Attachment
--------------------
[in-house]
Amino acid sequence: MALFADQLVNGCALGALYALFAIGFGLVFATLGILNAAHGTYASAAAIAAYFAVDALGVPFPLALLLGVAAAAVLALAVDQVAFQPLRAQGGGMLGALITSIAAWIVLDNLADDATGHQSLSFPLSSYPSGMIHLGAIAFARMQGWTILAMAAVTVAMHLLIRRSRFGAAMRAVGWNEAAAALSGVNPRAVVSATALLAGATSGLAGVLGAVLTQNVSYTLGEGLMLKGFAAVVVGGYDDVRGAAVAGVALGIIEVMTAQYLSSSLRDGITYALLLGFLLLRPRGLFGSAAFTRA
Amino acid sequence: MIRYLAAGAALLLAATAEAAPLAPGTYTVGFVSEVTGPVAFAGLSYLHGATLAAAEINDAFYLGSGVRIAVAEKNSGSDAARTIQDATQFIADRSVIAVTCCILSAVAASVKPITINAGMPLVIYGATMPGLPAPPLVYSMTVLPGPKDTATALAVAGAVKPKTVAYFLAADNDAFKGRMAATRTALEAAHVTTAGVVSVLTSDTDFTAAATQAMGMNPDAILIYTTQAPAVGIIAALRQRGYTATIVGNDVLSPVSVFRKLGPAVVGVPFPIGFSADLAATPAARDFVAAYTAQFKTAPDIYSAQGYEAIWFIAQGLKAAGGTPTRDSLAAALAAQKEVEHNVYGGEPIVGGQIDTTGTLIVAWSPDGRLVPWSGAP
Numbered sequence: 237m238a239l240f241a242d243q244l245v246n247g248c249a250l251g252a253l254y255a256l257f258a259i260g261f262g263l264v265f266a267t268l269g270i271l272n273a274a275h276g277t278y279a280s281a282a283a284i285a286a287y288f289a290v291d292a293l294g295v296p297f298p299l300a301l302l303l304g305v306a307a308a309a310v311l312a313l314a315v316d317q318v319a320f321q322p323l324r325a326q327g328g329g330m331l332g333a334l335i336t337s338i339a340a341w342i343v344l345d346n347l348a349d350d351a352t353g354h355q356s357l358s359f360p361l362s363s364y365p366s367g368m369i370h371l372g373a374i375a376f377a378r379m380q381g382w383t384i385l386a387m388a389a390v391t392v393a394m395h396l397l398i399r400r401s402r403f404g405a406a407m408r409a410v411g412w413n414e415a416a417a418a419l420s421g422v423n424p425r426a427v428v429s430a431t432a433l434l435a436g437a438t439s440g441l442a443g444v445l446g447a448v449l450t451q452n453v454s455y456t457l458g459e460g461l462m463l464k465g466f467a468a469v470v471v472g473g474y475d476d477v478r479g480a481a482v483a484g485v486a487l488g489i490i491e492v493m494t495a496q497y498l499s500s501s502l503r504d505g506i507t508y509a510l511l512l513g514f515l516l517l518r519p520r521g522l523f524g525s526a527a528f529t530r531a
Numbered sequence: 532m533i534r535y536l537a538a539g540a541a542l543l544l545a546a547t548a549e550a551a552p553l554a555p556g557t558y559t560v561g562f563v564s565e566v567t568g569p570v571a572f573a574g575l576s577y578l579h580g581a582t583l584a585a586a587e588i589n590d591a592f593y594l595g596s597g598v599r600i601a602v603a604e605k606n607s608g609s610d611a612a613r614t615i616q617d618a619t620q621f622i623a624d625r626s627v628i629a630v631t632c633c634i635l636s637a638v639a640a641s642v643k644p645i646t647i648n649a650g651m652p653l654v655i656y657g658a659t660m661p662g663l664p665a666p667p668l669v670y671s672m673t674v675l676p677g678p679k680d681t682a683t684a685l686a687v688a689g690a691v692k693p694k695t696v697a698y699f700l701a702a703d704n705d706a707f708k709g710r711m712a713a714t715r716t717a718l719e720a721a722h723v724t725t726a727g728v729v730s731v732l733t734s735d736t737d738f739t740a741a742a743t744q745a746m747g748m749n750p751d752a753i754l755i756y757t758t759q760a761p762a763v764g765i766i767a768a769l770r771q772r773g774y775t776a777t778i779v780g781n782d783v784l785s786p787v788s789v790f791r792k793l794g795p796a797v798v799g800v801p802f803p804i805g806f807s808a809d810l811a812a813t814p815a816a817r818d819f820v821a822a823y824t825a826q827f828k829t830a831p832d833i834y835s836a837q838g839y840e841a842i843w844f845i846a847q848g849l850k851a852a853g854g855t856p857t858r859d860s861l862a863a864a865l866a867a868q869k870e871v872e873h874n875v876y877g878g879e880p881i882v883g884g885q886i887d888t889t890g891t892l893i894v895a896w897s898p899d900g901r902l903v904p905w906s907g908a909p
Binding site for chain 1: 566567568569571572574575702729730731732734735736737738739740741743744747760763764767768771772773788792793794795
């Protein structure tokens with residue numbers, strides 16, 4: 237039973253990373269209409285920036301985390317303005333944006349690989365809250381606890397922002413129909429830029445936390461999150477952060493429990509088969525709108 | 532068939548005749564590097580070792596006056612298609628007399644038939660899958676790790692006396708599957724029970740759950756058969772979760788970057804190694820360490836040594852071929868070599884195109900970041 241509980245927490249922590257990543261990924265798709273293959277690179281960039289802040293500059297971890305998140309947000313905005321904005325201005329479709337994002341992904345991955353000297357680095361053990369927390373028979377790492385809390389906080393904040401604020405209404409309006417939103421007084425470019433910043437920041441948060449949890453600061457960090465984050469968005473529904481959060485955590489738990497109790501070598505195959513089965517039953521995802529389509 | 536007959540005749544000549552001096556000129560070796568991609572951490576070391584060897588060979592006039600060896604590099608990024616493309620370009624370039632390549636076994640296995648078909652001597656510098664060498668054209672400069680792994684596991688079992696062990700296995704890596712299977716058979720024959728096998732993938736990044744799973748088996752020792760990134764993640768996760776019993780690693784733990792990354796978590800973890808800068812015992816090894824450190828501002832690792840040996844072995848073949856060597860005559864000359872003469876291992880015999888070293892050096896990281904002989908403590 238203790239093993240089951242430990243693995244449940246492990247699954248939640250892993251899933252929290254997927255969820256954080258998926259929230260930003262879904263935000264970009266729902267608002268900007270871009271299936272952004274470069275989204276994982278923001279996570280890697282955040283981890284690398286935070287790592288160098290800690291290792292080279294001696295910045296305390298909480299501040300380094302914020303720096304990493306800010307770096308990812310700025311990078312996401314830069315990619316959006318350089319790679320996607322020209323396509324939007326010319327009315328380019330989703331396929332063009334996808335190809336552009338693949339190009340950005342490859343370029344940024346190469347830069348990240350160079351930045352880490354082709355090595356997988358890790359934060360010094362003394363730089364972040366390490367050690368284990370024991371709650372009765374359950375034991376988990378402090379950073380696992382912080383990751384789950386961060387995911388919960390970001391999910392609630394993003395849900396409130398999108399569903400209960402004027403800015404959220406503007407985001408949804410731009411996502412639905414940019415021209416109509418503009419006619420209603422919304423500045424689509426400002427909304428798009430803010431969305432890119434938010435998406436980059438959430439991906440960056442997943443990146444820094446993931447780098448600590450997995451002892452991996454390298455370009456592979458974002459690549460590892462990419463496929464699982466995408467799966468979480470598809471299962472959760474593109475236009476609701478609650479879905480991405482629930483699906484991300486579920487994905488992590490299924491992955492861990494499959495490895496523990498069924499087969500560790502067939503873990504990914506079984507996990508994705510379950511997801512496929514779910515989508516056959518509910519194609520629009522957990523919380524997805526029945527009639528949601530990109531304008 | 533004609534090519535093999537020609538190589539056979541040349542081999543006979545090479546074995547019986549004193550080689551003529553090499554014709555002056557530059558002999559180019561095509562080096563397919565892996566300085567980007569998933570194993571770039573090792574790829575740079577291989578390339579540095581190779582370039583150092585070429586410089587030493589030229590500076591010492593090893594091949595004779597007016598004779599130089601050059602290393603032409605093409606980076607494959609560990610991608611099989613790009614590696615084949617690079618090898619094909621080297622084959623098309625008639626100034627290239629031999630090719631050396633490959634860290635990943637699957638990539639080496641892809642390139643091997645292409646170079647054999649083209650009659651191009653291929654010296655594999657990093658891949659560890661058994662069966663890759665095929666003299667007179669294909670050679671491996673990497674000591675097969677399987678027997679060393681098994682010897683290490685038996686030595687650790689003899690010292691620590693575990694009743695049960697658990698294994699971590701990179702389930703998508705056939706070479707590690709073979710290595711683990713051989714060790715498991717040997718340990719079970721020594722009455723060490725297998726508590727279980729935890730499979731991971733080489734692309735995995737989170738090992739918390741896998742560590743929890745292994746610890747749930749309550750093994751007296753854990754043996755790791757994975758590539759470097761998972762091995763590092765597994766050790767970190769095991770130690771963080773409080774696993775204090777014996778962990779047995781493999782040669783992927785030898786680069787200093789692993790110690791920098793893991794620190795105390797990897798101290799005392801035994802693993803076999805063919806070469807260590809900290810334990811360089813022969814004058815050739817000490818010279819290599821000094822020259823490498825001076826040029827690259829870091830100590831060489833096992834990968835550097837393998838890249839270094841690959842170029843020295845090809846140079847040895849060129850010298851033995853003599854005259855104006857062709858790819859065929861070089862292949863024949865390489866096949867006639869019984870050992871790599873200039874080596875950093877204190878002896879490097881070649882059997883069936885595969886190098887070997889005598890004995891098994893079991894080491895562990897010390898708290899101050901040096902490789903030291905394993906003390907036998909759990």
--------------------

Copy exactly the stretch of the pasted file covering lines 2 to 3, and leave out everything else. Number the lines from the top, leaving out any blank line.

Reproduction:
Amino acid sequence: MALFADQLVNGCALGALYALFAIGFGLVFATLGILNAAHGTYASAAAIAAYFAVDALGVPFPLALLLGVAAAAVLALAVDQVAFQPLRAQGGGMLGALITSIAAWIVLDNLADDATGHQSLSFPLSSYPSGMIHLGAIAFARMQGWTILAMAAVTVAMHLLIRRSRFGAAMRAVGWNEAAAALSGVNPRAVVSATALLAGATSGLAGVLGAVLTQNVSYTLGEGLMLKGFAAVVVGGYDDVRGAAVAGVALGIIEVMTAQYLSSSLRDGITYALLLGFLLLRPRGLFGSAAFTRA
Amino acid sequence: MIRYLAAGAALLLAATAEAAPLAPGTYTVGFVSEVTGPVAFAGLSYLHGATLAAAEINDAFYLGSGVRIAVAEKNSGSDAARTIQDATQFIADRSVIAVTCCILSAVAASVKPITINAGMPLVIYGATMPGLPAPPLVYSMTVLPGPKDTATALAVAGAVKPKTVAYFLAADNDAFKGRMAATRTALEAAHVTTAGVVSVLTSDTDFTAAATQAMGMNPDAILIYTTQAPAVGIIAALRQRGYTATIVGNDVLSPVSVFRKLGPAVVGVPFPIGFSADLAATPAARDFVAAYTAQFKTAPDIYSAQGYEAIWFIAQGLKAAGGTPTRDSLAAALAAQKEVEHNVYGGEPIVGGQIDTTGTLIVAWSPDGRLVPWSGAP